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Housing data ended the year on a see-saw ride, with home prices declining while rents continued to rise.
On the homeownership front, the latest data released by the S&P/Case-Shiller Home Price Indices showed the pace of home prices was mostly decelerating. Both the indices’ 10-City and 20-City Composites saw year-over-year declines in October compared to September: the 10-City Composite gained 4.4 percent year-over-year, down from 4.7 percent in September, while the 20-City Composite gained 4.5 percent year-over-year, compared to 4.8 percent in September.
However, the S&P/Case-Shiller U.S. National Home Price Index, which covers all nine U.S. census divisions, recorded a 4.6 percent annual gain in October 2014 versus 4.8 percent in September. Miami and San Francisco saw prices increasing 9.5 percent and 9.1 percent, respectively, over the last 12 months, while eight cities - including San Francisco, Denver and Tampa - saw prices rise faster in the year to October than a month earlier. On the flip side, Las Vegas led the declining annual returns with a decrease of -1.2 percent.
On a month-over-month basis, both the National and Composite Indices were slightly negative in October, with both indices reporting a -0.1 percent downturn, compared to the National Index posting a -0.2 percent change for the month. San Francisco and Tampa led all cities in October with increases of 0.8 percent, while Chicago and Cleveland led the negative column with decreases of -1 percent and -0.7 percent each. Ten cities recorded lower monthly figures while eight posted increases; Detroit and San Diego both reported flat monthly changes.
“After a long period when home prices rose, but at a slower pace with each passing month, we are seeing hints that prices could end 2014 on a strong note and accelerate into 2015,” said David M. Blitzer, managing director and chairman of the Index Committee at S&P Dow Jones Indices. “Two months ago, all 20 cities were experiencing weakening annual price increases, Last month, 18 experienced weakness. This time, 12 cities had weaker annual price growth, but eight saw the pace of price gains pick up. Seasonally adjusted, all 20 cities had higher prices than a month ago.”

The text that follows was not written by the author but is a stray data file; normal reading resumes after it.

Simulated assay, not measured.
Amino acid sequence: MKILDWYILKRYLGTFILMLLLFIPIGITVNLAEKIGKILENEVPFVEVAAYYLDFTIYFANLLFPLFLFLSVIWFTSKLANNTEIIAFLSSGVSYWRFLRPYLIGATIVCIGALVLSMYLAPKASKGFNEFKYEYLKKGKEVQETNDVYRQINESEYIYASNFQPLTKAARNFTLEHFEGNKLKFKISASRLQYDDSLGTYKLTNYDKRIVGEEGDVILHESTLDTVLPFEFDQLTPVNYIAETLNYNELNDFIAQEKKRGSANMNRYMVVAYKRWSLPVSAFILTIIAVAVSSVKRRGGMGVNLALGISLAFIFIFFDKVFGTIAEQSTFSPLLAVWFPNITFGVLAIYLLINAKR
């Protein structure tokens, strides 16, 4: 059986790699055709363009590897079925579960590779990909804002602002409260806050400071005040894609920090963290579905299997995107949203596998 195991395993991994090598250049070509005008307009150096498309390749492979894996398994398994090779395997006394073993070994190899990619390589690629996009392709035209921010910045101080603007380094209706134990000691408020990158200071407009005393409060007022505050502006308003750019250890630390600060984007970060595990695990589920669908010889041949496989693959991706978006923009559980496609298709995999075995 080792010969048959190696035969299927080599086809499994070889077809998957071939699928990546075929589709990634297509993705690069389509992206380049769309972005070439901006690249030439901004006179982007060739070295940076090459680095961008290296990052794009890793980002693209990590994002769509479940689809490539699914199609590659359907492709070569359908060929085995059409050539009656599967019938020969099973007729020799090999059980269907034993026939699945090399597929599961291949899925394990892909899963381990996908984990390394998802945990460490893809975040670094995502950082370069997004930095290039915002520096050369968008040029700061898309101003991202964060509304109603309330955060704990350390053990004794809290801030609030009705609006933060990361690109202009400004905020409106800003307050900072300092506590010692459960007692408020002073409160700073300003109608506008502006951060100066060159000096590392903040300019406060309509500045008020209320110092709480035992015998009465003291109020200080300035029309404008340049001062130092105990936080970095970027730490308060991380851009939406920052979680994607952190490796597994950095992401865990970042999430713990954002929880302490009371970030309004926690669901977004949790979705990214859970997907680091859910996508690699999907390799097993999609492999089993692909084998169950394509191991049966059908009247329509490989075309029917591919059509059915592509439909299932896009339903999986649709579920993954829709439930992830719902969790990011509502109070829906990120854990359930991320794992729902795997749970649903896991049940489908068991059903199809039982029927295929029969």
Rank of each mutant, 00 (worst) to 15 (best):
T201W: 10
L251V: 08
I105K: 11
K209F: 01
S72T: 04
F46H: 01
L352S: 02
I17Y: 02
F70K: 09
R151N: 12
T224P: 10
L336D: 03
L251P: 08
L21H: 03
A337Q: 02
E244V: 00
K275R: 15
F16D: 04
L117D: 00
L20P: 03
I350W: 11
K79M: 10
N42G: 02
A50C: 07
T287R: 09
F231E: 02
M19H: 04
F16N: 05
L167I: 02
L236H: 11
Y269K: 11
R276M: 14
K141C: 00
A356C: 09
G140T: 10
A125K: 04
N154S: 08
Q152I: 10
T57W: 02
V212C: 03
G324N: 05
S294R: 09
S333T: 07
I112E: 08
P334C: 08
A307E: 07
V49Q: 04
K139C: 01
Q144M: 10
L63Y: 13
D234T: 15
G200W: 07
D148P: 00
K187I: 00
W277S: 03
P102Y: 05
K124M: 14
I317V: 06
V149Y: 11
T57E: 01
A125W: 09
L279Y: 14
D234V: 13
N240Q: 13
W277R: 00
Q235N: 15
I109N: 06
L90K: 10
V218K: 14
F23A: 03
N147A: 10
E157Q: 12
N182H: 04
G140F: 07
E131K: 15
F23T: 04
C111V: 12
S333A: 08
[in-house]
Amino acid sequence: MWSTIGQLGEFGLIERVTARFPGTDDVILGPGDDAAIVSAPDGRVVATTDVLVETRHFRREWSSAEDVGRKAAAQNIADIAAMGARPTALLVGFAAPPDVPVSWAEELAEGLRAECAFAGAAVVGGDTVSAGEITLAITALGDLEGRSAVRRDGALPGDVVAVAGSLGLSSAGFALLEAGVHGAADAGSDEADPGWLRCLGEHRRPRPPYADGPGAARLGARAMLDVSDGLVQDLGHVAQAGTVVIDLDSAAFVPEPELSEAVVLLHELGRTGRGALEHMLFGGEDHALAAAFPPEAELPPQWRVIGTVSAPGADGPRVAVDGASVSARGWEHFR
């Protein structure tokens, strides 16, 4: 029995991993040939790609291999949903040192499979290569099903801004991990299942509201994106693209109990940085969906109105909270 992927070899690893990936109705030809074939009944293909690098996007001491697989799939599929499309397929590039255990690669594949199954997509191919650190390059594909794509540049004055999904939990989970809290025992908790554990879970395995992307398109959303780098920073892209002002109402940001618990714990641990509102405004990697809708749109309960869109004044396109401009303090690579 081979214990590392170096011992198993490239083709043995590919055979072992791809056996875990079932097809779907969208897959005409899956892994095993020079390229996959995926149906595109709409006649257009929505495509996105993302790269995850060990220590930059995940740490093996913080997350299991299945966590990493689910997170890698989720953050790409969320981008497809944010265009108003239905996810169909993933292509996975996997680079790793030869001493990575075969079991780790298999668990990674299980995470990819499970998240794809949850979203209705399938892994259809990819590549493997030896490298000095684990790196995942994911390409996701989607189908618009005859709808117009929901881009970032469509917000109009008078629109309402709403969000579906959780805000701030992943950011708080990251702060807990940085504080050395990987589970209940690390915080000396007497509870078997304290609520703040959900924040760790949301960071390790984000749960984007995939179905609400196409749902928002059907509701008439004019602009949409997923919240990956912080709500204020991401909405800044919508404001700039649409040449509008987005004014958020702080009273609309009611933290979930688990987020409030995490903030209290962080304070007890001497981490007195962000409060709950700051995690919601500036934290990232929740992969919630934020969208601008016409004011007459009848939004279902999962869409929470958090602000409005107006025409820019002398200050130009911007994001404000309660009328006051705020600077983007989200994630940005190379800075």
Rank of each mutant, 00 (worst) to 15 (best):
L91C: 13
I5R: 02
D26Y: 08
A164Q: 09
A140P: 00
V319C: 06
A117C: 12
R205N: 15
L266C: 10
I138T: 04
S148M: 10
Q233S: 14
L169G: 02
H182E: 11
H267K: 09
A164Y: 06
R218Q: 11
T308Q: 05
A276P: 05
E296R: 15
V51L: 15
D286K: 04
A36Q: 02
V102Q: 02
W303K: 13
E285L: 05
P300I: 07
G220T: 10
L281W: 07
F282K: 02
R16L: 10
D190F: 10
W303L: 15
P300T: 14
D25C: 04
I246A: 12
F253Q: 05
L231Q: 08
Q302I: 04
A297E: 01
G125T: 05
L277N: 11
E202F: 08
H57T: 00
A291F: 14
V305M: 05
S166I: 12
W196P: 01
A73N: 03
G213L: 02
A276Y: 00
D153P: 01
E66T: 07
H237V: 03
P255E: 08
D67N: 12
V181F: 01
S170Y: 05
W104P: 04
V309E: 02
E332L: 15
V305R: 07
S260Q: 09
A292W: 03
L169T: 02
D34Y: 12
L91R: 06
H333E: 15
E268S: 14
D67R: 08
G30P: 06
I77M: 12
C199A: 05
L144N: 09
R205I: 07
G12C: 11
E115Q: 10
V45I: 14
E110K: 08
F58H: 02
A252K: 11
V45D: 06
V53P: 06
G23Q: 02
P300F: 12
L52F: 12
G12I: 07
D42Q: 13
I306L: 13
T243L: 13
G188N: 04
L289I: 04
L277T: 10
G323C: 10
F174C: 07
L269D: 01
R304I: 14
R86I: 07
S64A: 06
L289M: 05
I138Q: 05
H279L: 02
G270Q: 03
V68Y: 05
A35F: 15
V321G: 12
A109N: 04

Meanwhile, life has gotten considerably more expensive for those who are renting. According to the year-end data released by Zillow, U.S. renters cumulatively paid $441 billion in rent in 2014 compared to $420 billion last year, an increase of nearly five percent.
Part of this increase can be attributed to the expansion of the renting population. Nationally, the total number of renters is estimated to have grown 1.9 percent in 2014. Still, there is evidence of unmistakable rent hikes, with the median rent paid increasing 2.9 percent during this period.
In some markets, the pain of rising rents is particularly acute. California’s Bay Area, consisting of the San Jose and San Francisco metros, saw the largest jump in cumulative rent paid in 2014, up 14.4 and 13.5 percent respectively. Zillow reported that rent per household in the San Jose metro rose by $197 per month, while rent in the San Francisco metro rose by $163 per month.
In the nation’s top 50 largest metro areas, the New York-Northern New Jersey metro market ($50 billion) and Los Angeles metro market saw the largest amount of cumulative rent paid, with $50 billion and $34 billion, respectively. In comparison, the smallest amount of cumulative rent was paid by renters in Birmingham, Ala. ($1 billion), Louisville, Ky. ($1.2 billion) and Buffalo, N.Y. ($1.2 billion).
Zillow Chief Economist Stan Humphries predicted that 2015 will see more of the same.
“Next year, we expect rents to rise even faster than home values, meaning that another increase in total rent paid similar to that seen this year isn't out of the question,” Humphries said. “In fact, it's probable.”